ICFJ-UNESCO Global Study: Online Violence Against Women Journalists

The United Nations Educational Scientific and Cultural Organisation (UNESCO) and the International Center for Journalists (ICFJ) have conducted a global survey to assess the scale and impacts of online violence targeting women journalists, and to help identify solutions to this pernicious problem.

It is the most comprehensive and geographically diverse survey ever undertaken on the theme, having been offered in five languages and receiving responses from 714 women journalists* across 113 countries. 

The survey is part of a broader UNESCO-commissioned study to examine online violence against women journalists in 15 countries, with an emphasis on intersectional experiences and the Global South.

The women journalists we surveyed said they had been subjected to a wide range of online violence, including threats of sexual assault and physical violence, abusive language, harassing private messages, threats to damage their professional or personal reputations, digital security attacks, misrepresentation via manipulated images and financial threats. 

 

 

Top findings

  • Nearly three in four women respondents (73%) said they had experienced online violence.
  • Threats of physical (25%) and sexual violence (18%) plagued the women journalists surveyed.
  • One in five women respondents (20%) said they had been attacked or abused offline in incidents seeded online.
  • The mental health impacts of online violence were the most frequently identified (26%) consequence. Twelve percent of respondents said they had sought medical or psychological help due to the effects of online violence, and 11% said they had taken days off work as a result.
  • Almost half (48%) of the women reported being harassed with unwanted private messages.
  • The story theme most often identified in association with increased attacks was gender (47%), followed by politics and elections (44%), and human rights and social policy (31%).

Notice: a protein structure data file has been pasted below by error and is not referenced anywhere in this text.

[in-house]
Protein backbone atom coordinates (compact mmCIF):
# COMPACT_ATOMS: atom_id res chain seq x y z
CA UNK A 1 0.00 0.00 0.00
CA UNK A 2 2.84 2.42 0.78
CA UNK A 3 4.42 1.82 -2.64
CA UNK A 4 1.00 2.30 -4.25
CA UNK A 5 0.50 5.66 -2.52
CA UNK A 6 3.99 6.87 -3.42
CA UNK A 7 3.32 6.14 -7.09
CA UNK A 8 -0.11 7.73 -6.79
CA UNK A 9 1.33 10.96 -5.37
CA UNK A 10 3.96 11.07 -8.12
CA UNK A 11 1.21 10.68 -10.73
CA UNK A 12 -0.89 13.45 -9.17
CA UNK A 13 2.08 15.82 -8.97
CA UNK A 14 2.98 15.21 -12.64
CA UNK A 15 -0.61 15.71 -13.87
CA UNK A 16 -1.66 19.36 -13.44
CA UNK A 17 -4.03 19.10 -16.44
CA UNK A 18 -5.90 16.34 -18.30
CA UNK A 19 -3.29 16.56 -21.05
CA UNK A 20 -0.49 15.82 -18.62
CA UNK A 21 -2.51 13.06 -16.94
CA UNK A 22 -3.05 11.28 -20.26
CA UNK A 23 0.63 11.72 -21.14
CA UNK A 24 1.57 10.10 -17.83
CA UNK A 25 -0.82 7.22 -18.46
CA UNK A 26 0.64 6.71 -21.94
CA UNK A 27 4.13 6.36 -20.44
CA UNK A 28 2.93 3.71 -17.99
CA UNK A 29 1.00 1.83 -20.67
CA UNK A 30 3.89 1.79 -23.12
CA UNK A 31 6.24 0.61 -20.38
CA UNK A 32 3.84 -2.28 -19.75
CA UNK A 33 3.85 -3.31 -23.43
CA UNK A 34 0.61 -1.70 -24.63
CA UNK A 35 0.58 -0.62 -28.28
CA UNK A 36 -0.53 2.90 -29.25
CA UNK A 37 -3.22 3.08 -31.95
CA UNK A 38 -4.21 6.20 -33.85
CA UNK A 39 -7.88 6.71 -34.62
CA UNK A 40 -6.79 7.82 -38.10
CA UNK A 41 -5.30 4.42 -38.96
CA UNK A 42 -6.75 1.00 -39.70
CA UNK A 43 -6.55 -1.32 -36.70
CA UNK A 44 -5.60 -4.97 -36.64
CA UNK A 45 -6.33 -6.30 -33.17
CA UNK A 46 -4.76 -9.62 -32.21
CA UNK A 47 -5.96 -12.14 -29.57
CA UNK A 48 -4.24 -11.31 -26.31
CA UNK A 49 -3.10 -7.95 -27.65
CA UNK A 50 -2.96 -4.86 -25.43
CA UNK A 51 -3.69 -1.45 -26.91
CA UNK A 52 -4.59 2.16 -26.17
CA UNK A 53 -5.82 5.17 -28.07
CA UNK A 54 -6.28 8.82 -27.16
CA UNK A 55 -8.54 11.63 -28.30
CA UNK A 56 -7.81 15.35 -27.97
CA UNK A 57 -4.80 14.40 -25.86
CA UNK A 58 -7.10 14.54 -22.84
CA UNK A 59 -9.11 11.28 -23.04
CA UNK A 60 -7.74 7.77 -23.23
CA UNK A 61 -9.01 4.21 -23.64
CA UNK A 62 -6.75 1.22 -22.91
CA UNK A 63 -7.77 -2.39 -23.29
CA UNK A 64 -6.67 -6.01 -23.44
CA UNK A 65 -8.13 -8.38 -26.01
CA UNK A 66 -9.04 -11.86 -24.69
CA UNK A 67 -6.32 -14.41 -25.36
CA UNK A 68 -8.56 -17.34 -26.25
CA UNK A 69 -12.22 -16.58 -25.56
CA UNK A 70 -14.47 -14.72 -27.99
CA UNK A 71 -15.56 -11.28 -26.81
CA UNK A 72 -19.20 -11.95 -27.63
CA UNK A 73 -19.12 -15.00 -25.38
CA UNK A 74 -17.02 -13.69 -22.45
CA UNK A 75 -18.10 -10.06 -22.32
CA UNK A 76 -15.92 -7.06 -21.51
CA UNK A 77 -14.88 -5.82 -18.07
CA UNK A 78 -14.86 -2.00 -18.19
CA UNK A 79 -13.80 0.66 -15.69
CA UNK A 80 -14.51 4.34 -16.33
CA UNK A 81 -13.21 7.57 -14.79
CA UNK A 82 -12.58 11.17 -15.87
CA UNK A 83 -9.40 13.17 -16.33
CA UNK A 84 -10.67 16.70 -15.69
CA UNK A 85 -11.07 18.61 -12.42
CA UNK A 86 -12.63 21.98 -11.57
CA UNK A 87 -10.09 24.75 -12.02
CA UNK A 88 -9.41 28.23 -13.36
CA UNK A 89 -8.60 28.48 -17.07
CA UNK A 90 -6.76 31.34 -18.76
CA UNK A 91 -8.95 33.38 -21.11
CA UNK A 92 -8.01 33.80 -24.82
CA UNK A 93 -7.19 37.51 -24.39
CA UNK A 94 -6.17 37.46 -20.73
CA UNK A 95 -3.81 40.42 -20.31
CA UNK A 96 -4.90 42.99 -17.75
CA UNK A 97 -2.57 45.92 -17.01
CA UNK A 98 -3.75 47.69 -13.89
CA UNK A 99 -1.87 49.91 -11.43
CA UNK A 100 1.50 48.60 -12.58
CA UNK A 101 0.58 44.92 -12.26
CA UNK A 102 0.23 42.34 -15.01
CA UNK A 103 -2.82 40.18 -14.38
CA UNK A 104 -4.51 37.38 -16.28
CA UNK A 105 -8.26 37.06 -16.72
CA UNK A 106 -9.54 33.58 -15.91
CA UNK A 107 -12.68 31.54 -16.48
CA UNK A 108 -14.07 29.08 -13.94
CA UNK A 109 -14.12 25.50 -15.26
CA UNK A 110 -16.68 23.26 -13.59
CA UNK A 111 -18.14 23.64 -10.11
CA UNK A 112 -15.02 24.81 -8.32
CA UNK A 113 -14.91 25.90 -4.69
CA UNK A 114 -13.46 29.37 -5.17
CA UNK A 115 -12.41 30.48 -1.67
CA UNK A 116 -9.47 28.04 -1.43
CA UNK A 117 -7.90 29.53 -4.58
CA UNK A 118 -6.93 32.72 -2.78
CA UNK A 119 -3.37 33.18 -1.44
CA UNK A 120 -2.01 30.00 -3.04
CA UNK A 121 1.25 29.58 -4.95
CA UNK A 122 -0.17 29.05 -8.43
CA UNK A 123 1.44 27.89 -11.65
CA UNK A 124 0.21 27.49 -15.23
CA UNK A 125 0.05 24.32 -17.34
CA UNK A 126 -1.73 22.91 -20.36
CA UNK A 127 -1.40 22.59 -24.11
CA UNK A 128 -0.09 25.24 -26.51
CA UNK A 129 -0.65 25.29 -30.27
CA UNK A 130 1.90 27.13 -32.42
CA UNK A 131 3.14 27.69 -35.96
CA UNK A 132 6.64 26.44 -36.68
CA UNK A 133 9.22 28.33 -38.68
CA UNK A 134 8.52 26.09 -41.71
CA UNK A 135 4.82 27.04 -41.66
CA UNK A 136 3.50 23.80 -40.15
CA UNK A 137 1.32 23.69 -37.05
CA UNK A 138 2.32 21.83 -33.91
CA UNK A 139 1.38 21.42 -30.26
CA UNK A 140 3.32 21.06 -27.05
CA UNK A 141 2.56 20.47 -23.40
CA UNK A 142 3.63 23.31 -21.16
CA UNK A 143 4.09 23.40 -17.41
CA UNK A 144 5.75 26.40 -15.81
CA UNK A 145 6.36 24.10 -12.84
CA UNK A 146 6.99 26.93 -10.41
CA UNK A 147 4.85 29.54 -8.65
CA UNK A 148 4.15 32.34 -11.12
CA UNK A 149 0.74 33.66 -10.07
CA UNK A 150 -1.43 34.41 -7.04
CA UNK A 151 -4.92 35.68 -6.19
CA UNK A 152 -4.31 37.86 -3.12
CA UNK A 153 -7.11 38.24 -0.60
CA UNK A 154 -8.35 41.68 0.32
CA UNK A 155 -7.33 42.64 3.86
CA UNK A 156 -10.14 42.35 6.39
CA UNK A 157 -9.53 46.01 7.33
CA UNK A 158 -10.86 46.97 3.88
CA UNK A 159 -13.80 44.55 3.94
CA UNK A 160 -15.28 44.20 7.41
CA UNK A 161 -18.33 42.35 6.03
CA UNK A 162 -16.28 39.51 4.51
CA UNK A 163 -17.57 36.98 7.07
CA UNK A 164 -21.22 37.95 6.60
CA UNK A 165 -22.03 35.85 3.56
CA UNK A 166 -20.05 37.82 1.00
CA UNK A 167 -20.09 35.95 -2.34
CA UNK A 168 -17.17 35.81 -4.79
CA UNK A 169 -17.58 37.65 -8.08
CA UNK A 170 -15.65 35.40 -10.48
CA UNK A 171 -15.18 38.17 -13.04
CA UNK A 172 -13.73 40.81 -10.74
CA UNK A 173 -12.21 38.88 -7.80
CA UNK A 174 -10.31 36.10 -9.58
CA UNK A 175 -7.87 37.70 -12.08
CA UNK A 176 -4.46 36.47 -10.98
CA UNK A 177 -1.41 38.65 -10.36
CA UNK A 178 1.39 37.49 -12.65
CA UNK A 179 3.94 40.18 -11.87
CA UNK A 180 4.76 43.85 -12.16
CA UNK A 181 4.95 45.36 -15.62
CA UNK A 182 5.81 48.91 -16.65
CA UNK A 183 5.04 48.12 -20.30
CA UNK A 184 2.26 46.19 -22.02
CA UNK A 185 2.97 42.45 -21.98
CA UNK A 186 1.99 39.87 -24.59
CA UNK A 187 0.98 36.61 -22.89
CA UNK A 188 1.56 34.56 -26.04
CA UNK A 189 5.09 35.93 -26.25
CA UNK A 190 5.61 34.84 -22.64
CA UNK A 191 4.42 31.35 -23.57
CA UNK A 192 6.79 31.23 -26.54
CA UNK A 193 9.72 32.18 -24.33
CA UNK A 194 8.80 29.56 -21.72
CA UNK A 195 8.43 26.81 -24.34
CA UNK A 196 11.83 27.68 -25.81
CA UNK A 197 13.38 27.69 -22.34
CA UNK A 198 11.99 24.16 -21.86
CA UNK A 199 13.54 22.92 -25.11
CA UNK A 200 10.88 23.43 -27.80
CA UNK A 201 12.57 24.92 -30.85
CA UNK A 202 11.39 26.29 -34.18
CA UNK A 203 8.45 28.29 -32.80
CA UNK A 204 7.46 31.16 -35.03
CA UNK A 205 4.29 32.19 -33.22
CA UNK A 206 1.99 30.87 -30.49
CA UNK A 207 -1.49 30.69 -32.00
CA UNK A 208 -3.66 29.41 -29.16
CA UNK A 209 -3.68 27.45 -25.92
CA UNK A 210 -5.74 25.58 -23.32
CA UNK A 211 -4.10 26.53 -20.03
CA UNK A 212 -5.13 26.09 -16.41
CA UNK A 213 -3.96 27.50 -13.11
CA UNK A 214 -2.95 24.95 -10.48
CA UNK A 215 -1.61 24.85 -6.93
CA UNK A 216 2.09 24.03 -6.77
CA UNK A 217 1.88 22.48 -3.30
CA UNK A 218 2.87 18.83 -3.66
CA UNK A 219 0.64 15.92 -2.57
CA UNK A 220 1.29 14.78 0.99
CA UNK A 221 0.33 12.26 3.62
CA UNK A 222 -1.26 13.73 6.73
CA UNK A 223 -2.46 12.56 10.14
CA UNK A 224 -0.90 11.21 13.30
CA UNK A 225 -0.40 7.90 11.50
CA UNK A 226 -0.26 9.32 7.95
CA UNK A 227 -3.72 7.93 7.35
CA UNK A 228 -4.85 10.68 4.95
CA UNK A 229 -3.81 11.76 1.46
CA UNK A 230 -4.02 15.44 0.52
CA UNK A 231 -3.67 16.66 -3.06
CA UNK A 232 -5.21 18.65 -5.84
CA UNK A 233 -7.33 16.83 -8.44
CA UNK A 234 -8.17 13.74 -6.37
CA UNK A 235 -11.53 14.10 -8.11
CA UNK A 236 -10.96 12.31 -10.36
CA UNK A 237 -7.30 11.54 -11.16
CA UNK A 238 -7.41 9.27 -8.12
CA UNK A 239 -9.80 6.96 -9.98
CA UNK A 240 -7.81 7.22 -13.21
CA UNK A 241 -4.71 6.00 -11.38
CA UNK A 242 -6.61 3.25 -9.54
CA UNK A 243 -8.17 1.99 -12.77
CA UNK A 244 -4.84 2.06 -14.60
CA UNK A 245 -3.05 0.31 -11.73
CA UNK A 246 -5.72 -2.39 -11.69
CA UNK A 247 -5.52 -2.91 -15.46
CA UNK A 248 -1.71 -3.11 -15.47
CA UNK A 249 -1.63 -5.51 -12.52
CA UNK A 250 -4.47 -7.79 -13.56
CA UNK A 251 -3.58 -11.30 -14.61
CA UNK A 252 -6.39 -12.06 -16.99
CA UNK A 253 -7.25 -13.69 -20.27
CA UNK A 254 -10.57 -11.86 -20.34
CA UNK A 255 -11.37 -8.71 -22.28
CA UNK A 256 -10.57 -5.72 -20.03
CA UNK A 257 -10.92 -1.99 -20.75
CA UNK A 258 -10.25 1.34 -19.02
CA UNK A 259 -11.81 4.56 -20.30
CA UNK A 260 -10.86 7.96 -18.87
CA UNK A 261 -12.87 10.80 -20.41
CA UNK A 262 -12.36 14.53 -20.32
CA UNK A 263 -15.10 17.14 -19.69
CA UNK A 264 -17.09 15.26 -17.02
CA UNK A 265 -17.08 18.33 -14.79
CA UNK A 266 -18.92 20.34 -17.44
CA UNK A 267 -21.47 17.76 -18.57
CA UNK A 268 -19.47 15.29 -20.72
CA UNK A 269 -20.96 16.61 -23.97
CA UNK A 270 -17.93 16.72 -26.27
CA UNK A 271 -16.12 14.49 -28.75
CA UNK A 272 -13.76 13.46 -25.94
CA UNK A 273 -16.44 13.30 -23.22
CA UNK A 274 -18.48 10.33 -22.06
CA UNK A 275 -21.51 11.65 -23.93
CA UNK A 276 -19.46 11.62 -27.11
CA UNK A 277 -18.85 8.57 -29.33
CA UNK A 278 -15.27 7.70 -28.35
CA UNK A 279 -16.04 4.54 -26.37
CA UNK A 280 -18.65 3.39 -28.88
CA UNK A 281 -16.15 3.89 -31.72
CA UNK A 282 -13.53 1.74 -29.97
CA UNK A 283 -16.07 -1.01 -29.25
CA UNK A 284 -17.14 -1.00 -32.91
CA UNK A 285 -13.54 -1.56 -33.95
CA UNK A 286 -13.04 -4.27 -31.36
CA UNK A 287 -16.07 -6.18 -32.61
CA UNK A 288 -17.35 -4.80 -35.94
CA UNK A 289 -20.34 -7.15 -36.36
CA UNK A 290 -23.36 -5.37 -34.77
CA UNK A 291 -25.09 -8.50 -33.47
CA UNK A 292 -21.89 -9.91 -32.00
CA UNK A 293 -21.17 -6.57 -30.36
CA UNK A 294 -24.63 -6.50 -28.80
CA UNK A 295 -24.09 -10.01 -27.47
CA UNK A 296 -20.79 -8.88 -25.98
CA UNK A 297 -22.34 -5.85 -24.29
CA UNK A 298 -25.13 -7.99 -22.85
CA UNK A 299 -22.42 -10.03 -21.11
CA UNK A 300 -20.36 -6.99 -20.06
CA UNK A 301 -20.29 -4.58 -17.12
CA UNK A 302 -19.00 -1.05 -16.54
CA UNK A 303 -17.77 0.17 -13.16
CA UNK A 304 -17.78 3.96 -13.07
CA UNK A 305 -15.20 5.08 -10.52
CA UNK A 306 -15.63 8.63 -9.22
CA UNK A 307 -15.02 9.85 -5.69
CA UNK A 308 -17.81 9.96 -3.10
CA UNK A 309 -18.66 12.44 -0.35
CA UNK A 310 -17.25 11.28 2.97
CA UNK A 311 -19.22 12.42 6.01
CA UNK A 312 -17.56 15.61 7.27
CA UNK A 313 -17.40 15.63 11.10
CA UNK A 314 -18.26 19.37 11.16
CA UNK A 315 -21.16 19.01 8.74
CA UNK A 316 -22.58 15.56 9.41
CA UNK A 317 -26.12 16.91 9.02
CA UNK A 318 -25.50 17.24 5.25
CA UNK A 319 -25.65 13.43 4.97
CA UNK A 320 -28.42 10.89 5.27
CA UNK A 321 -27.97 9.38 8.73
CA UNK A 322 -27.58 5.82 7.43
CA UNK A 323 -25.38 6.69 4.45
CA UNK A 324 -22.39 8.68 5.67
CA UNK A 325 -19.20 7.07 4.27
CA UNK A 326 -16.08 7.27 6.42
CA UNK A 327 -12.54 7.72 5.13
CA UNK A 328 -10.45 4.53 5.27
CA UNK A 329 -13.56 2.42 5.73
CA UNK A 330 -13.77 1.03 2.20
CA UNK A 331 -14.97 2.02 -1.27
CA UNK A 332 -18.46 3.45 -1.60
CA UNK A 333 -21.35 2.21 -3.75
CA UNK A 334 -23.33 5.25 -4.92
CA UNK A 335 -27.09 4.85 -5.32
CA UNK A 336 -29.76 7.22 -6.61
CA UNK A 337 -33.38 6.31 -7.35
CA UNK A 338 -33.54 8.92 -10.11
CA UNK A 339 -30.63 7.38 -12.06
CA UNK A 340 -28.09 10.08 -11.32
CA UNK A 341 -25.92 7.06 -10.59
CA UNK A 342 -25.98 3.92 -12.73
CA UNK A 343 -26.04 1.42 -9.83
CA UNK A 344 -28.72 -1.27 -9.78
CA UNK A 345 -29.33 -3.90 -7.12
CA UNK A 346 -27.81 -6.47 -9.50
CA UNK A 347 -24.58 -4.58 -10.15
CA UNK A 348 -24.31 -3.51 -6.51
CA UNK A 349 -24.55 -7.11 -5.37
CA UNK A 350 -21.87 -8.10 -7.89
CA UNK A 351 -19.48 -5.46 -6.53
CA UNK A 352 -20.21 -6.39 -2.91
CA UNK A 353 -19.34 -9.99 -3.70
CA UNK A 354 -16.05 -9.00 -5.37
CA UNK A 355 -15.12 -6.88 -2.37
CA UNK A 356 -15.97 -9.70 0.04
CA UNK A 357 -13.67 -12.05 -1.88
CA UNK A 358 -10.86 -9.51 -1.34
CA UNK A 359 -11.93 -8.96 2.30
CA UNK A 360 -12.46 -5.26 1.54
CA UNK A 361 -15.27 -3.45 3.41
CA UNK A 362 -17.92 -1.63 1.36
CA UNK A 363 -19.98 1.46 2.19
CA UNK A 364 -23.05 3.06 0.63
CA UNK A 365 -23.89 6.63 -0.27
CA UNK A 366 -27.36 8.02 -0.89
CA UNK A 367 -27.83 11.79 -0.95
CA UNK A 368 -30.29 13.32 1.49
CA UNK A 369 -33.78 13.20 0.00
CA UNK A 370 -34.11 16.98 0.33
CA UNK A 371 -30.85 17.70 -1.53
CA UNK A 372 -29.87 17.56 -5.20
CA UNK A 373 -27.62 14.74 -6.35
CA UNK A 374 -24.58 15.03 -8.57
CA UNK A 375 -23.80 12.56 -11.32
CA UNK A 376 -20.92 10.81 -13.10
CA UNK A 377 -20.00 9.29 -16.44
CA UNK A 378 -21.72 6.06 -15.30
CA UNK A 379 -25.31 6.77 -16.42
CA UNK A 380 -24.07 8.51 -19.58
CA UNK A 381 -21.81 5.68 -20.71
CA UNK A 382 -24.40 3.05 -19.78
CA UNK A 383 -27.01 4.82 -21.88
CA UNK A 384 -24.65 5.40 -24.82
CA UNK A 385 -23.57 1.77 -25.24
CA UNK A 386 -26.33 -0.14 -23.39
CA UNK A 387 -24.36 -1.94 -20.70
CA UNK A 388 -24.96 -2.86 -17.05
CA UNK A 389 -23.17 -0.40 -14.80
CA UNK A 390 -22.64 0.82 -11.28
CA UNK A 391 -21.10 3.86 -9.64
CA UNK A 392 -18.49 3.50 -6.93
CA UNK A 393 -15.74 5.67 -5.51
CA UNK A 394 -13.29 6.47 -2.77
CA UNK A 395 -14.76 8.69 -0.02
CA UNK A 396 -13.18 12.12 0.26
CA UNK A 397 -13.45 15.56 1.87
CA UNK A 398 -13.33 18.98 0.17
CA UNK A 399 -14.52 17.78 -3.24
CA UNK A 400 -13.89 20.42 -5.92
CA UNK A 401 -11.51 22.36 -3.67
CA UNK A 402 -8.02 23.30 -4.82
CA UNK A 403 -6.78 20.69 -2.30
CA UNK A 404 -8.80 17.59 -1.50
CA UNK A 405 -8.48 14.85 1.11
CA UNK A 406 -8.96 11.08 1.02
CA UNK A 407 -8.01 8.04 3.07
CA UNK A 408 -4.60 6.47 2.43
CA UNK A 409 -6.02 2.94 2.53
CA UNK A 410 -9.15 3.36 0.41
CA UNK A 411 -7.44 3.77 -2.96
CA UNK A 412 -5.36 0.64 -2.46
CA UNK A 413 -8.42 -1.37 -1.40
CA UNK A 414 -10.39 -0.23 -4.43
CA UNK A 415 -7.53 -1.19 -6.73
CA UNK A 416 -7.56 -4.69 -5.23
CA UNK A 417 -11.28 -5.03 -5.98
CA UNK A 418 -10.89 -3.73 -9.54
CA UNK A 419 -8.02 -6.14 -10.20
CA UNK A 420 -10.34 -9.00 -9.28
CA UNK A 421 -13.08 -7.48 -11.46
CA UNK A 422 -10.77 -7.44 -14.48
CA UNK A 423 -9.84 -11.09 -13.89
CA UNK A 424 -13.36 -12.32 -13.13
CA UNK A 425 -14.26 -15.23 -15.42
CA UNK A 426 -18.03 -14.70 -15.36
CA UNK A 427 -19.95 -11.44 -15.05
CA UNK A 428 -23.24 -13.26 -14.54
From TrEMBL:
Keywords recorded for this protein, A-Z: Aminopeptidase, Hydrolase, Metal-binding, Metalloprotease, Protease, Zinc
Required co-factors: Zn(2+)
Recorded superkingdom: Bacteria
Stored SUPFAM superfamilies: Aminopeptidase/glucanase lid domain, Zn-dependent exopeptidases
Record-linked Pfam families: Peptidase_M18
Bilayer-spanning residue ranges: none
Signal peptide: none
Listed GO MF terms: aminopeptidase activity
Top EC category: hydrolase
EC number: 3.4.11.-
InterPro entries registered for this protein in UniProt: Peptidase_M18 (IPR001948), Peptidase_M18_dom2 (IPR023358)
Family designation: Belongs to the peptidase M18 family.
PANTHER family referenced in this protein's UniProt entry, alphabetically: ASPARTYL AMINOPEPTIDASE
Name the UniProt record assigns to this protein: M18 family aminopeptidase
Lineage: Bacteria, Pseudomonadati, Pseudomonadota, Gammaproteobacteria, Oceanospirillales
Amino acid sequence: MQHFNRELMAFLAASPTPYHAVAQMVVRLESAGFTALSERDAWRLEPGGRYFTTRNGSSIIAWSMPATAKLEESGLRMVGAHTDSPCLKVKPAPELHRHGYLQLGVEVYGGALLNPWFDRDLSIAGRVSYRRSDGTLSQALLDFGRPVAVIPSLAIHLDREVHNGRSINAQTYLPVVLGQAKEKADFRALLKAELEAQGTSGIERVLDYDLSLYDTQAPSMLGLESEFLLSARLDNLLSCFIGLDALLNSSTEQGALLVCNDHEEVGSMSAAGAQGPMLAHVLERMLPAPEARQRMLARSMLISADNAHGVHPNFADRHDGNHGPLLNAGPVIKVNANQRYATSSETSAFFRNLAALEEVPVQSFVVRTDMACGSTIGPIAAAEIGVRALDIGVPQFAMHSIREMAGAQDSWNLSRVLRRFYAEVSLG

• Forty-one percent of women respondents said they had been the targets of online attacks that appeared to be linked to orchestrated disinformation campaigns.
  • Political actors were the second most frequently noted sources (37%) of attacks and abuse after “anonymous or unknown attackers” (57%).
  • Facebook was rated the least safe of the top five platforms or apps used by participants, with nearly double the number of respondents describing Facebook as “very unsafe” compared to Twitter. It also attracted disproportionately higher rates of incident reporting among the respondents (39% compared to Twitter’s 26%).
  • Only 25% of respondents reported incidents of online violence to their employers. The top responses they said they received were: no response (10%) and advice like “grow a thicker skin” or “toughen up” (9%). Two percent said they were asked what they did to provoke the attack.
  • The women journalists surveyed most frequently indicated (30%) that they respond to the online violence they experience by self-censoring on social media. Twenty percent described how they withdrew from all online interaction, and 18% specifically avoided audience engagement.
  • Online violence significantly impacts the employment and productivity of the women respondents. In particular, 11% reported missing work, 38% retreated from visibility (e.g. by asking to be taken off air and retreating behind pseudonyms online), 4% quit their jobs, and 2% even abandoned journalism altogether.

 

 

The report was launched at the World Press Freedom Conference 2020. Watch internationally renowned investigative journalists Rana Ayyub, Ferial Haffajee and Carole Cadwalladr discuss the main findings with ICFJ’s Julie Posetti. 

For inquiries, please contact:

ICFJ: Dr. Julie Posetti (jposetti@icfj.org) or Fatima Bahja (fbahja@icfj.org)

UNESCO: Saorla McCabe (s.mccabe@unesco.org) or Theresa Chorbacher (t.chorbacher@unesco.org)

Note: If you've found this content distressing or difficult to discuss, you're not alone. There are resources available to help. Start by exploring the resources from the Dart Center for Journalism and Trauma, and please seek psychological support if needed. Your privacy is of the utmost importance to us and we have worked with the University of Sheffield’s Centre for Freedom of the Media (CFOM) to ensure that this research meets the highest ethical standards.

We are supported in our work by the following project partners: the Ethical Journalism Network (EJN), the Dart Center Asia Pacific, and the International Association of Women in Radio and Television (IAWRT).

*From an original sample of 1,210 self-selecting international survey respondents, 901 were accepted as valid detailed analysis. This report is based on a gender-disaggregated analysis of the 714 women-identifying respondents.

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